As experts in organizations present and train to global audiences,
they will often need to have materials and presentations translated. Here are tips for translating content and presentations that have worked for others!
If presentations must be translated, much expense can be saved if
they are designed with translation in mind. This means creating simplified wording as well as simpler graphics for translation later.
When designing materials for global audiences use caution with:
- Cultural or geographic references.
- Sports analogies that do not apply across cultures. Soccer references will be familiar in many cultures, but baseball in far
fewer. (For example, avoid phrases like: “We need to hit it out of the park.”)
- Jargon, slang, and cliches. These are often not translatable. At best they are unclear, and at worst they are confusing. (For
example, avoid: “It’s like looking for a needle in a hay stack.” If you have to explain a hay stack, it isn’t going to make your
- Gender, geographical, or historical references. Acronyms and abbreviations.
- Homophones (same or similar sound, different meaning such as hear and here).
- References to the human body, animals, sex, alcohol, politics, or religion.
Tips for Making It Easier Later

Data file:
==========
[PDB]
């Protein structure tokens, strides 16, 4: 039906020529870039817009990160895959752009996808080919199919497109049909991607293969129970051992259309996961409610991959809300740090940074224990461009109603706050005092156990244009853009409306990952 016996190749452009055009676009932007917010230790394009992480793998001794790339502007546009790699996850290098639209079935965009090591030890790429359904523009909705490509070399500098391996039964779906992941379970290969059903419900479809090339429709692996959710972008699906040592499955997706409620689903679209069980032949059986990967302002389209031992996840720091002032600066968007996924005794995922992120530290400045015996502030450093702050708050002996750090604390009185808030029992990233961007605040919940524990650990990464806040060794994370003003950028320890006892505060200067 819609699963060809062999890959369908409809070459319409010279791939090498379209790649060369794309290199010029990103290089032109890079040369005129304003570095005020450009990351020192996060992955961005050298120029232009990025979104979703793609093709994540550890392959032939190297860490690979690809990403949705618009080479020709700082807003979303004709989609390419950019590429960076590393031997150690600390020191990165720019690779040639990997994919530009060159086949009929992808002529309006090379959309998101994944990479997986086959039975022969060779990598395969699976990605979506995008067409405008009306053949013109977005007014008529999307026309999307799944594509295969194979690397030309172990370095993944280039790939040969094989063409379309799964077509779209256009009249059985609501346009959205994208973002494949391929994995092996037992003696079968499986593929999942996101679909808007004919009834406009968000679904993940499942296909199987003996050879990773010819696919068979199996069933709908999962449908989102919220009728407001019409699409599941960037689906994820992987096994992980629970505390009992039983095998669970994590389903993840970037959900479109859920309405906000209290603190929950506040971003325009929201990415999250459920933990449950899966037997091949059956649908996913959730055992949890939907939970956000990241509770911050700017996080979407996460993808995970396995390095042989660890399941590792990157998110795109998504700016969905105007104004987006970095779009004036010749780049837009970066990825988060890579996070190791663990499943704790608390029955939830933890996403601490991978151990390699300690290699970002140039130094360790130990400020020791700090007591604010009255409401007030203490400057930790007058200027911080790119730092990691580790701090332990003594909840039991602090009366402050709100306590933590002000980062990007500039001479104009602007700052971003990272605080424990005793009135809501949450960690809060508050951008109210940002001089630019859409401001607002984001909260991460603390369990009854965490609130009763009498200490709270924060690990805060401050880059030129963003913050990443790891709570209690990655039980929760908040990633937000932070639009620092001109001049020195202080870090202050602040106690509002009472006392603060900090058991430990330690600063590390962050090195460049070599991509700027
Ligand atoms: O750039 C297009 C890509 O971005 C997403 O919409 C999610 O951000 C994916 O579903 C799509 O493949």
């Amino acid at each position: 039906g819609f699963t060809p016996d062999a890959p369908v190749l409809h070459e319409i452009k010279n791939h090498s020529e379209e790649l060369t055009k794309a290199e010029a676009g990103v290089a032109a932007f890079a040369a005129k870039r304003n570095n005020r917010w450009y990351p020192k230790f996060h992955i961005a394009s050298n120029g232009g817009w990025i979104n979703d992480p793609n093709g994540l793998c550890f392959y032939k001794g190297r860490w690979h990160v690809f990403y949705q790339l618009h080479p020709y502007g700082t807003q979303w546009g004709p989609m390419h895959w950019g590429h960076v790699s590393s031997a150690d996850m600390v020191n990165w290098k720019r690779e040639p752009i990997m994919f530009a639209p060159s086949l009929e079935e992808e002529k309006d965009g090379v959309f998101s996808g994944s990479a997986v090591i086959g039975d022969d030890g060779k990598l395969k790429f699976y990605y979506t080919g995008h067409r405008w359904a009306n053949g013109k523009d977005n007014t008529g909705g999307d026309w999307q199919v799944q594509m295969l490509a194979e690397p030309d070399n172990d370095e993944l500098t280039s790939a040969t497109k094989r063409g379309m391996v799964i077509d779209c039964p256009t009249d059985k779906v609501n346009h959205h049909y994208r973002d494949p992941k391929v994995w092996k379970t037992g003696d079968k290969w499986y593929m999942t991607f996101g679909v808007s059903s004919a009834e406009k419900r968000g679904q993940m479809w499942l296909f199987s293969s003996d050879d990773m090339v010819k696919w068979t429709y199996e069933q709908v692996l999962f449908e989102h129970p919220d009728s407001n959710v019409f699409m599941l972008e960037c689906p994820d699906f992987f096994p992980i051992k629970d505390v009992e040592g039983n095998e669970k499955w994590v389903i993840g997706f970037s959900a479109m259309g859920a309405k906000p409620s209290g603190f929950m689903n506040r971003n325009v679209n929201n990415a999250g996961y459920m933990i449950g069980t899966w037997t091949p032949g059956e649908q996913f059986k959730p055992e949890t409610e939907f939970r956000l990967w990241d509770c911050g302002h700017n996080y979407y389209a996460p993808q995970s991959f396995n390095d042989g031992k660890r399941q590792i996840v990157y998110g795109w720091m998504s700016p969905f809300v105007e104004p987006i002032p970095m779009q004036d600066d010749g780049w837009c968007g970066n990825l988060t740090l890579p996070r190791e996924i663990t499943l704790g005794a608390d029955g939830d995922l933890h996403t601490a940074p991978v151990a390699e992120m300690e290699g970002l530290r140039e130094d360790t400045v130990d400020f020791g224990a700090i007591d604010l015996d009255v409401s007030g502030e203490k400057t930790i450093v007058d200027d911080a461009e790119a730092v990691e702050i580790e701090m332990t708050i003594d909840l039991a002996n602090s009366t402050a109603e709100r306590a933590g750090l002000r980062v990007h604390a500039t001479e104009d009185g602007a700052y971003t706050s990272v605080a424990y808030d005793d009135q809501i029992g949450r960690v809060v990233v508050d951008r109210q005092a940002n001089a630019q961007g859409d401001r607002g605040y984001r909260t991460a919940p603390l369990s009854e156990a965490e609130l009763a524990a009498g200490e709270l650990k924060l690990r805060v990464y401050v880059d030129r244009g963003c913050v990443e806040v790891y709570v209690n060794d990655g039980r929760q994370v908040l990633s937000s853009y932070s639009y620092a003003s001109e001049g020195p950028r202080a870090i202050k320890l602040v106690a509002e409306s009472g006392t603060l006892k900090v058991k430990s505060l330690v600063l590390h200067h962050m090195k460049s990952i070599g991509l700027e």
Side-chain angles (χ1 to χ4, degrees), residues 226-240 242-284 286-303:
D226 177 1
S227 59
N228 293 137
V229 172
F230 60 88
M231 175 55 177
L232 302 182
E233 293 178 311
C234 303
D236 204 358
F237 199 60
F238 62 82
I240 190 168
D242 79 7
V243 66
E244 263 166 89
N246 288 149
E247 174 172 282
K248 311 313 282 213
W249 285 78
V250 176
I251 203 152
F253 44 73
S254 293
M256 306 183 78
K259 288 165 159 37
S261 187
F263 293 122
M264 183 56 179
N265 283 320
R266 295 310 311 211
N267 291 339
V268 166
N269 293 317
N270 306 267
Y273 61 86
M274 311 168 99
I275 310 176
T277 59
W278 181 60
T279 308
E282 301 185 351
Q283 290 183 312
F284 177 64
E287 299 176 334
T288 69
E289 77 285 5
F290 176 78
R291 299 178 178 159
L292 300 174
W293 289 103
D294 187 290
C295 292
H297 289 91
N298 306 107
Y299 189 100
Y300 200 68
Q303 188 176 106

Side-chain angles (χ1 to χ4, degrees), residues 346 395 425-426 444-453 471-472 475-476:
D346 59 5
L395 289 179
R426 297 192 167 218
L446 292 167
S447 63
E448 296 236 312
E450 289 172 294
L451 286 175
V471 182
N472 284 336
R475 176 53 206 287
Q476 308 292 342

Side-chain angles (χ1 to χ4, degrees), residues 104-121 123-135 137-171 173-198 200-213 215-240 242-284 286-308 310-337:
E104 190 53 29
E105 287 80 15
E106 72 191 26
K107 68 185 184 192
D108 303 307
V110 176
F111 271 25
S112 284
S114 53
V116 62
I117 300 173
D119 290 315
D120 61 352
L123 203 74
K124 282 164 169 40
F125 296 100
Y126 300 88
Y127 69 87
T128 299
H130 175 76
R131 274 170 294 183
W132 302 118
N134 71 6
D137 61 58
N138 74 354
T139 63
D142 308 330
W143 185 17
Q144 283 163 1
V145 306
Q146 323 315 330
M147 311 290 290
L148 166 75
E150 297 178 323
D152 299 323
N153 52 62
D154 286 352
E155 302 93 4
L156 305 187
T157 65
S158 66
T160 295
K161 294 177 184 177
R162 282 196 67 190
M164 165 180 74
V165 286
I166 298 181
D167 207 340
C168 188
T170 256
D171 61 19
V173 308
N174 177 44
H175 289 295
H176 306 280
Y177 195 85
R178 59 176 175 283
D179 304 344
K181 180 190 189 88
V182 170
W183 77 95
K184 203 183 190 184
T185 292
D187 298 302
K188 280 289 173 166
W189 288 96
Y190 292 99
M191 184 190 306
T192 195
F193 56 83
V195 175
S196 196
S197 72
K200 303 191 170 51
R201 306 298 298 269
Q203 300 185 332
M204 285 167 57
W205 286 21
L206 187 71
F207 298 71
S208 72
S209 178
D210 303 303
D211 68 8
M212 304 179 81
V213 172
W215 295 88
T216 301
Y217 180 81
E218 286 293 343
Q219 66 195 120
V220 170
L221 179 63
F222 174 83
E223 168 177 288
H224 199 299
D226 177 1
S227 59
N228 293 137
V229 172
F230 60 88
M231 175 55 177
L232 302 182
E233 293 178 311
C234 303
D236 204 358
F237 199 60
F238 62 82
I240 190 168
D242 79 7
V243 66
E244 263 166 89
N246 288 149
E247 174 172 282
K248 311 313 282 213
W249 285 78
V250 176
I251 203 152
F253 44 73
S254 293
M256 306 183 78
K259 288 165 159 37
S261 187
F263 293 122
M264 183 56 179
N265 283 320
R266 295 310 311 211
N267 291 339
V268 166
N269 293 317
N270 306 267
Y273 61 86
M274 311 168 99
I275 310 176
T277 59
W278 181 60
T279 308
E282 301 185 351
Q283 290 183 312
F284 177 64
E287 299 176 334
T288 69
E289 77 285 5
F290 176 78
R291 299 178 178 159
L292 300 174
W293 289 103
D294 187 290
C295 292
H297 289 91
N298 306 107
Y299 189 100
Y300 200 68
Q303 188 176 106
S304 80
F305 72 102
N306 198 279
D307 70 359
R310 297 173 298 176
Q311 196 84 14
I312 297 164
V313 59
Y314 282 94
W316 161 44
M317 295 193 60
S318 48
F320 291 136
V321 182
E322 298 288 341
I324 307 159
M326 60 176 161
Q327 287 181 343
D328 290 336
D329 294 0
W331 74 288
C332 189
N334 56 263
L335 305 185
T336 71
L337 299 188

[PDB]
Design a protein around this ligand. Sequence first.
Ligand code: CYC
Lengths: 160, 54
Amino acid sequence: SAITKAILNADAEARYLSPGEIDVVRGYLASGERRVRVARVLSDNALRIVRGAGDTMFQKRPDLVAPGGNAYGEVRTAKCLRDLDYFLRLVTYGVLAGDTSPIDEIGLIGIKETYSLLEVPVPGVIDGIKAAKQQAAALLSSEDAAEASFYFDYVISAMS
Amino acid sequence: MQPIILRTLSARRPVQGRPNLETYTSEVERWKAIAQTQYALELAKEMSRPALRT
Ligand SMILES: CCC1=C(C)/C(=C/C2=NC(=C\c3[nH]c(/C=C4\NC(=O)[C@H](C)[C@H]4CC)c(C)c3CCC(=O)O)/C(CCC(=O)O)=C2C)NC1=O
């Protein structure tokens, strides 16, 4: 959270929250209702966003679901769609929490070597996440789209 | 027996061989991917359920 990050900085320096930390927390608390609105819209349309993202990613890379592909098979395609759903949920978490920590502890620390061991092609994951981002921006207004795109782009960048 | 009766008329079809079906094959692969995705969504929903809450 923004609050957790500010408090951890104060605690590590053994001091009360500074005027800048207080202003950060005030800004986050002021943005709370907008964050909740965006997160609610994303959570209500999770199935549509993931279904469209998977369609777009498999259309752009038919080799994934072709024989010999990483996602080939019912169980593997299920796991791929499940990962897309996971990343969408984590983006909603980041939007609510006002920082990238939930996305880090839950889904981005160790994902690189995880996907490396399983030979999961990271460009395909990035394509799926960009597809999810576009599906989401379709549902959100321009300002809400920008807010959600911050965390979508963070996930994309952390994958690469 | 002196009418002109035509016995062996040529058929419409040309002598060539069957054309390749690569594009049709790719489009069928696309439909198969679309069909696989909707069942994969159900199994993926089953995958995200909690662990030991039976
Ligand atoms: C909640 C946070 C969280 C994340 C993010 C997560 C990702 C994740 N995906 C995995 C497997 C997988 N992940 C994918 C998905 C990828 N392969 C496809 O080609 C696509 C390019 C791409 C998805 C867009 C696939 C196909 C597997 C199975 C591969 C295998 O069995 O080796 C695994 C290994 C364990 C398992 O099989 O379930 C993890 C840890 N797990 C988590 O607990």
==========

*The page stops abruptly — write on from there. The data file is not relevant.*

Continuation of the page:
- Stick to six lines per slide, not full sentences. Chinese uses 50
percent less space, Spanish can take 50 percent more. Less slide reformatting will be required if the slides are designed with the end in mind.
- When writing documentation or content, use short and simple sentences. A more formal tone rather than a casual tone will
work for all cultures.
- Use simple formats for slides, handouts, or documentation to
make it easier to allow for expansion.
- Special fonts may make it difficult to translate. Also, video and audio clips will add more translation costs.
- Use the same term for things referred to repeatedly. If you are using a translating firm, they will likely create a glossary of unusual/industry terms, particularly if more than one project will be translated.
- Static graphics and pictures really help. They can help solidify
and clarify. Use caution to make them appropriate for the
audience. Keep graphics in separate files, rather than imbedding them.
- Only translate a final work product. Changes and edits after
translation will cost additional time and money.
- Include translators in the project discussions. They can help you give them files in the most efficient manner. Make sure they know your audience.
- Check software and versions. Some Windows versions are more language friendly (particularly Chinese translations). You may spend a lot of money on a translated version and end up projecting boxes.
- Take printed materials with you, just in case
you need them.
- Add time to training. Plan on at least a third more time for
- Spanish isn’t just Spanish. Are you presenting in Spain or
Argentina? The same goes for other languages, including
- Target a specific reading level for written material.
Planning an editing review by in-country experts will help to avoid future issues. Likely the translator you use will not be an industry expert, so that final review/approval is an important one.
Much can be accomplished and many issues can be avoided by up-front planning when developing and translating materials for audiences across the globe.
Reprinted with permission from The Essential Guide to Training Global Audiences, published by Pfeiffer.